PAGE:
When Your Baby Isn’t “On Target”


My daughter has always been super mobile, even in the womb! I remember her as a fetus flipping around frequently and jovially jiggling all day, resisting seat belts and making it difficult to move or exercise, especially at the end of the pregnancy because she loved her space, even on the inside. As a newborn, she progressed nicely with her movement, holding her head up and rolling over as expected and she was always on target with her developmental milestones.

Was Our Daughter On Target?

We noticed somewhat of a delay when it came to the big motor skills of sitting up and crawling. Other babies her age had been doing that for a couple of months before we helped her by getting a Crawligator and sitting her up in a tripod position, which seemed to set off a light bulb for her and got her going with sitting up. For the longest time, she would log roll around the house instead of crawling. Logrolling was fun but crawling was cumbersome and seemed to take too much effort. She always found her own way to move around the house and had an attitude of, “Hey, what I’m doing is working so why do I have to do it your way?”

learning to crawl
Our little one had her own way of crawling!

At one year, she was crawling but not walking. A bit of overwhelming Mommy Fear set in, the thoughts of, “Maybe something’s wrong! Maybe she’ll never do it!” “Why do these other babies do it so easily but my baby doesn’t?” She had advanced verbal skills, which the physical therapists later told me developed rapidly in order to help her achieve her goals or get someone else to bring her what she wanted since she had trouble getting it for herself. The pediatrician wasn’t too concerned because she had a precedent of being a little slower in figuring things out.

Help Me Grow

If I could go back and change something, I would have connected with Help Me Grow at this point. If you have Help Me Grow or some other similar developmental disabilities/early intervention services in your area, then you are in luck! They can assess your child and see if he or she is on target or would qualify for services. In my case, this program is already funded by my tax dollars so many hours of services were free. After a certain point, they would work with insurance to pay for services but I did not reach the point where I used enough service hours to warrant insurance getting involved. I think they could’ve potentially helped her move forward earlier and catch up.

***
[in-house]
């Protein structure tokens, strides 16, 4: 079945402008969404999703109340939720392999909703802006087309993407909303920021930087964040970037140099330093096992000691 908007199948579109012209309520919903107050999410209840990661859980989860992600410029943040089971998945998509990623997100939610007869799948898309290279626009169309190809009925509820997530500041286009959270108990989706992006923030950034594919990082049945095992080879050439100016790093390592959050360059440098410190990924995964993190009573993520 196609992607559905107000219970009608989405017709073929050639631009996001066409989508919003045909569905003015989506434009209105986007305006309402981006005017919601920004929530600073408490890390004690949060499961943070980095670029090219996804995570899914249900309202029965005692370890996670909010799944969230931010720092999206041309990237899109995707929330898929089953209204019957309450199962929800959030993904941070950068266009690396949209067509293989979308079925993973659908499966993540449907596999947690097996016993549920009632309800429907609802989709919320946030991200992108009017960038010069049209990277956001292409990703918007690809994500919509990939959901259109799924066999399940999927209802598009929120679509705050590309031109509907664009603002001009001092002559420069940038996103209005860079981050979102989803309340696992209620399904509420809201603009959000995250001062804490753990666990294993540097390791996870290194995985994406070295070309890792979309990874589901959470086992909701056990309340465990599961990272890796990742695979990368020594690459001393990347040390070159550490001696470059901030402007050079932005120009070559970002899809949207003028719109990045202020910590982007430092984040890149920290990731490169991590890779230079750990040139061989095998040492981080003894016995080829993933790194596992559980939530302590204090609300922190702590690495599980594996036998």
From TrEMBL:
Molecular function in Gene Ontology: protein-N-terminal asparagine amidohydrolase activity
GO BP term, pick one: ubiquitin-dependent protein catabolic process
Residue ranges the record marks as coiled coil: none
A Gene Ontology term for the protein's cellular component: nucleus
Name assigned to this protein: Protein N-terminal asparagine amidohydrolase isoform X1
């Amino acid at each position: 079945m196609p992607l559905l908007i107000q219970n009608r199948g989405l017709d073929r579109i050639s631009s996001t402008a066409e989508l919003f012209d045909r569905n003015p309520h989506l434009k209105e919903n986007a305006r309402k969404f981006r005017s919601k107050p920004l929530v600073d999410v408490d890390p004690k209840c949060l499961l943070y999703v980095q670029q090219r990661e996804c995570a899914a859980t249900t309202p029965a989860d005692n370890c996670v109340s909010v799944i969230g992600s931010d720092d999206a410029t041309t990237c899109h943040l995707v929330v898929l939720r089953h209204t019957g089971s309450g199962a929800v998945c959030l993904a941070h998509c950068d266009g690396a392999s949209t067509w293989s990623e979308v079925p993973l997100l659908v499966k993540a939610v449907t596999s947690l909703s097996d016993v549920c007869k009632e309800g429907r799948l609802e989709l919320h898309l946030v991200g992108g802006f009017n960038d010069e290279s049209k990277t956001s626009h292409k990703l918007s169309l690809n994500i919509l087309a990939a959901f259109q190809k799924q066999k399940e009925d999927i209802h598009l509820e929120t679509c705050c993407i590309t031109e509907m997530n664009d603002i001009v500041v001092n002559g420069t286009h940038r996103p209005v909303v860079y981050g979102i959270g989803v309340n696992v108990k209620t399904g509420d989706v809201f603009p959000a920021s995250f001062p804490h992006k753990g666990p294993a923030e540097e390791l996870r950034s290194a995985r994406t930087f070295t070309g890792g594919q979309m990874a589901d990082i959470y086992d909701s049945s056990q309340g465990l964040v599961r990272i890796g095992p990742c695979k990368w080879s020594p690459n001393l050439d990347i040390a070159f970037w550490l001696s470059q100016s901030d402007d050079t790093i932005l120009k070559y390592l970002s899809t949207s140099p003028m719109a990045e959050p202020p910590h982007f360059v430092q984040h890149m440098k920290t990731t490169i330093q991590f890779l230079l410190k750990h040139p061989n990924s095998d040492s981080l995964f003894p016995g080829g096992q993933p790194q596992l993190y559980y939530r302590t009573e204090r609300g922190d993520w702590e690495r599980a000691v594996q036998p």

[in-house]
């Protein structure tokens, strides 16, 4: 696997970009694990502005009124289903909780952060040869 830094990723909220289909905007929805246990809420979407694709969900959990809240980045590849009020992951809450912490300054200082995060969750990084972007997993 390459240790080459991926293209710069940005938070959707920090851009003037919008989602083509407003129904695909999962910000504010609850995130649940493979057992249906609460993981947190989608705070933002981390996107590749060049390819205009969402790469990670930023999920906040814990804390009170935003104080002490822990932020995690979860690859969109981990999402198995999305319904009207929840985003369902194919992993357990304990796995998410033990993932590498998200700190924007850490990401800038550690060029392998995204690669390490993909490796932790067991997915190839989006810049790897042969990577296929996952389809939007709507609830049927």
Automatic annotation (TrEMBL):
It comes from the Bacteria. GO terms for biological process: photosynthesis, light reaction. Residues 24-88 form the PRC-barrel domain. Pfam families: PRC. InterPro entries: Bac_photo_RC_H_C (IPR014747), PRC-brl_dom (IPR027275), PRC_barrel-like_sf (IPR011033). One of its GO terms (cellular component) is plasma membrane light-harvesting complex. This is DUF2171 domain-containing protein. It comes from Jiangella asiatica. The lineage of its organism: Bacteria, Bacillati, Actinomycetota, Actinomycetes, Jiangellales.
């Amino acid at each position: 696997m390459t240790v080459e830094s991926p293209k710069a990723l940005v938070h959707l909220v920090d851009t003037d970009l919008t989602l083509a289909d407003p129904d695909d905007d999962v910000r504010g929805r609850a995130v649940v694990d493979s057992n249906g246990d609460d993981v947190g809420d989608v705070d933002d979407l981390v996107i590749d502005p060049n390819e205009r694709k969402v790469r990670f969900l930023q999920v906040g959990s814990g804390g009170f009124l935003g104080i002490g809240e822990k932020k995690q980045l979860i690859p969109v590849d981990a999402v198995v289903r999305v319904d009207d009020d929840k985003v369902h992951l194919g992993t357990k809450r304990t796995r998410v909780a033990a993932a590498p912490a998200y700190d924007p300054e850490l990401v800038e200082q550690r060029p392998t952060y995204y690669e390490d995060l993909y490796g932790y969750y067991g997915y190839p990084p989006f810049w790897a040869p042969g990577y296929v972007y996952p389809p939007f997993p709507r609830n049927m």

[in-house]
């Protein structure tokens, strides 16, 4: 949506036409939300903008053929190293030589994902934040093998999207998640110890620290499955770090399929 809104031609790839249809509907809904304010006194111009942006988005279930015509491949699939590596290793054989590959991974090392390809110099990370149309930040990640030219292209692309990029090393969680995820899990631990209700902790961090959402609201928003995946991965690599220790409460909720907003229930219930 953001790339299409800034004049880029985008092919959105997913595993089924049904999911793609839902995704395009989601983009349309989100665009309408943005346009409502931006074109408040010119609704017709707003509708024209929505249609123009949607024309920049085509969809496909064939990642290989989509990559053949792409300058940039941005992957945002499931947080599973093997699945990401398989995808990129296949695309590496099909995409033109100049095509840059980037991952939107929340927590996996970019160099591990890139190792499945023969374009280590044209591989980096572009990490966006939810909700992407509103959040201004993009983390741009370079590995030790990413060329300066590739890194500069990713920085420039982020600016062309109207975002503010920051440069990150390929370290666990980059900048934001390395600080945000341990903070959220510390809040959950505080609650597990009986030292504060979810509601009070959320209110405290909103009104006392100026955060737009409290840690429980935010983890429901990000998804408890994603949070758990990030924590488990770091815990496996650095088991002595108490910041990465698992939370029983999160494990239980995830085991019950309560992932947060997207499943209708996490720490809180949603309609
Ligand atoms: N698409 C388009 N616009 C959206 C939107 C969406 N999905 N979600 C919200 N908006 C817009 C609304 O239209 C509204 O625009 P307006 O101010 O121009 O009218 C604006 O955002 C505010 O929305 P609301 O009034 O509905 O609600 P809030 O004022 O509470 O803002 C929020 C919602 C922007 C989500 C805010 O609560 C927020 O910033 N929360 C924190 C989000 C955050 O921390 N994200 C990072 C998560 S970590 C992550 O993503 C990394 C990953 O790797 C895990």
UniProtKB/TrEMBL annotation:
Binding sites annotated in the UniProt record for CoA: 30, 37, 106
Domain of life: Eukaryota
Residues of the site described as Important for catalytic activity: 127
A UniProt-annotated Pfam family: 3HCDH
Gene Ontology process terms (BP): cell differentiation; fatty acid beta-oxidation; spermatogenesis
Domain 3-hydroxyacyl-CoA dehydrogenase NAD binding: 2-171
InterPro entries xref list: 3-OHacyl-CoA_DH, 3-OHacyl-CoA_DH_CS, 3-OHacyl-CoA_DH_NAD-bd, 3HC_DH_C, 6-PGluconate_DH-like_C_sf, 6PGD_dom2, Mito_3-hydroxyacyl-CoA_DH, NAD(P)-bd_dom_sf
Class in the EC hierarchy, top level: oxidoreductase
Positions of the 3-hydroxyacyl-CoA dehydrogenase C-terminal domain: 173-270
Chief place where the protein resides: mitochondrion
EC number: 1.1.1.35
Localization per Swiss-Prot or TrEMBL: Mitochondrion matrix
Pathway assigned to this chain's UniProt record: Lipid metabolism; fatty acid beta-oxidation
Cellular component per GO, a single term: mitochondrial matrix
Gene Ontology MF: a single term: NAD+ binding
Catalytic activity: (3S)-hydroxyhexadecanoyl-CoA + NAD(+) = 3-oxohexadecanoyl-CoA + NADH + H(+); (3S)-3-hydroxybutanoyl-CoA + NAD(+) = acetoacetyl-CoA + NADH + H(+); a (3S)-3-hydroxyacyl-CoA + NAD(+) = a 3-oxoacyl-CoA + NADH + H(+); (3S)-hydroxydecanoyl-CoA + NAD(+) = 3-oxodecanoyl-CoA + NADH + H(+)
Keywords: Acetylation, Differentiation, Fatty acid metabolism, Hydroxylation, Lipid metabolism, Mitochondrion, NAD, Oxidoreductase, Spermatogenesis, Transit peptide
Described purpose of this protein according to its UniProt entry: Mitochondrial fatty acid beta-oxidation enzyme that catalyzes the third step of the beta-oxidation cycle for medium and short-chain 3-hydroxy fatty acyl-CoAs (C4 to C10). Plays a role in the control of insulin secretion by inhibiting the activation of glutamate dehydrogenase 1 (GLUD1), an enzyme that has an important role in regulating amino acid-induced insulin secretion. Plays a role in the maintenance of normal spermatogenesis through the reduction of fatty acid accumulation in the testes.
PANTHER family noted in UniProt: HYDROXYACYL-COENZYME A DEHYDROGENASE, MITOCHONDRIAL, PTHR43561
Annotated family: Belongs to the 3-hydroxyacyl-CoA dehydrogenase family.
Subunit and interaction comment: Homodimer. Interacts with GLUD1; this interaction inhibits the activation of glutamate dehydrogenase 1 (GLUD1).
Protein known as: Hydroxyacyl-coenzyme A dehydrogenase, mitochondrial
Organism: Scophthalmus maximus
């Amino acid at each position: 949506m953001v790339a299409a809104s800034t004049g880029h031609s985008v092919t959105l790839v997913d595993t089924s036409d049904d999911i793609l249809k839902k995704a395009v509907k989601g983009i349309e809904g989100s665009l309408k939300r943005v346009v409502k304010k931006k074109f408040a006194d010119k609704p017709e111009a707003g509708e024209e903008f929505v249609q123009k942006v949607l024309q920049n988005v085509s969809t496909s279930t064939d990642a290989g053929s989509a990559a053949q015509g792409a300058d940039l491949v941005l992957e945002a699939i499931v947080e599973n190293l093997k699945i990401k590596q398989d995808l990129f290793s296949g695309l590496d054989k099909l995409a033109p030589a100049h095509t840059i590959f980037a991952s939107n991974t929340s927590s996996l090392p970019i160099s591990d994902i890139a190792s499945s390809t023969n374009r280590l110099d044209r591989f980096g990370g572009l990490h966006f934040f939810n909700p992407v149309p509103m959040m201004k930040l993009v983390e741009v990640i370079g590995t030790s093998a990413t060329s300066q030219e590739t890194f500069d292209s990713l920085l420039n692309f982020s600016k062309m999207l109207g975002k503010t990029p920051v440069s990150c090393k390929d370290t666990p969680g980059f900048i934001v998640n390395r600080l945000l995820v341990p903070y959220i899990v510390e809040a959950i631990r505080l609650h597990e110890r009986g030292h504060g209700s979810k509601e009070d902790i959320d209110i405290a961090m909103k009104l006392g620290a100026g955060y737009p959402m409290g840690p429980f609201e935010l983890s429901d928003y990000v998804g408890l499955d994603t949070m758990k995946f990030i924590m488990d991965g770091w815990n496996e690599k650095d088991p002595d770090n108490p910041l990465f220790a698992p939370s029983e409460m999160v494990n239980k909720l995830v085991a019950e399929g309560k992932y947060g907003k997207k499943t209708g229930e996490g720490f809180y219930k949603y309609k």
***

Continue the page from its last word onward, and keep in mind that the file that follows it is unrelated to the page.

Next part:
As it was, by around fifteen months she was still not walking. All of her baby friends with a few exceptions were walking. I heard naysayers asking me, “Are you sure there isn’t something wrong with your baby?” It was hard to hear things like that, especially from people who didn’t understand and weren’t offering any help or compassion. I swallowed my anxiety about it and kept repeating to anyone who commented, “Nope, she’s a smart little girl. Everyone learns things differently.”

The pediatrician then referred me to Nationwide Children’s and discussed how my child potentially had “low muscle tone”. The physical therapist that we worked with at Nationwide was so helpful and kind, pointing out all of my daughter’s developmental milestones and skills and showing me all of the progress she continually made, which made me feel so proud. I did contact Help Me Grow at that point and they also empowered me, by providing a physical therapist who came to my house and taught me how to help strengthen the leg muscles through at-home play. They never hesitated to allow us to borrow equipment until we no longer needed it. They really went above and beyond to provide us with the equipment we normally didn’t have access to, but it made a big difference.

How Can We Take This Child To The Next Level?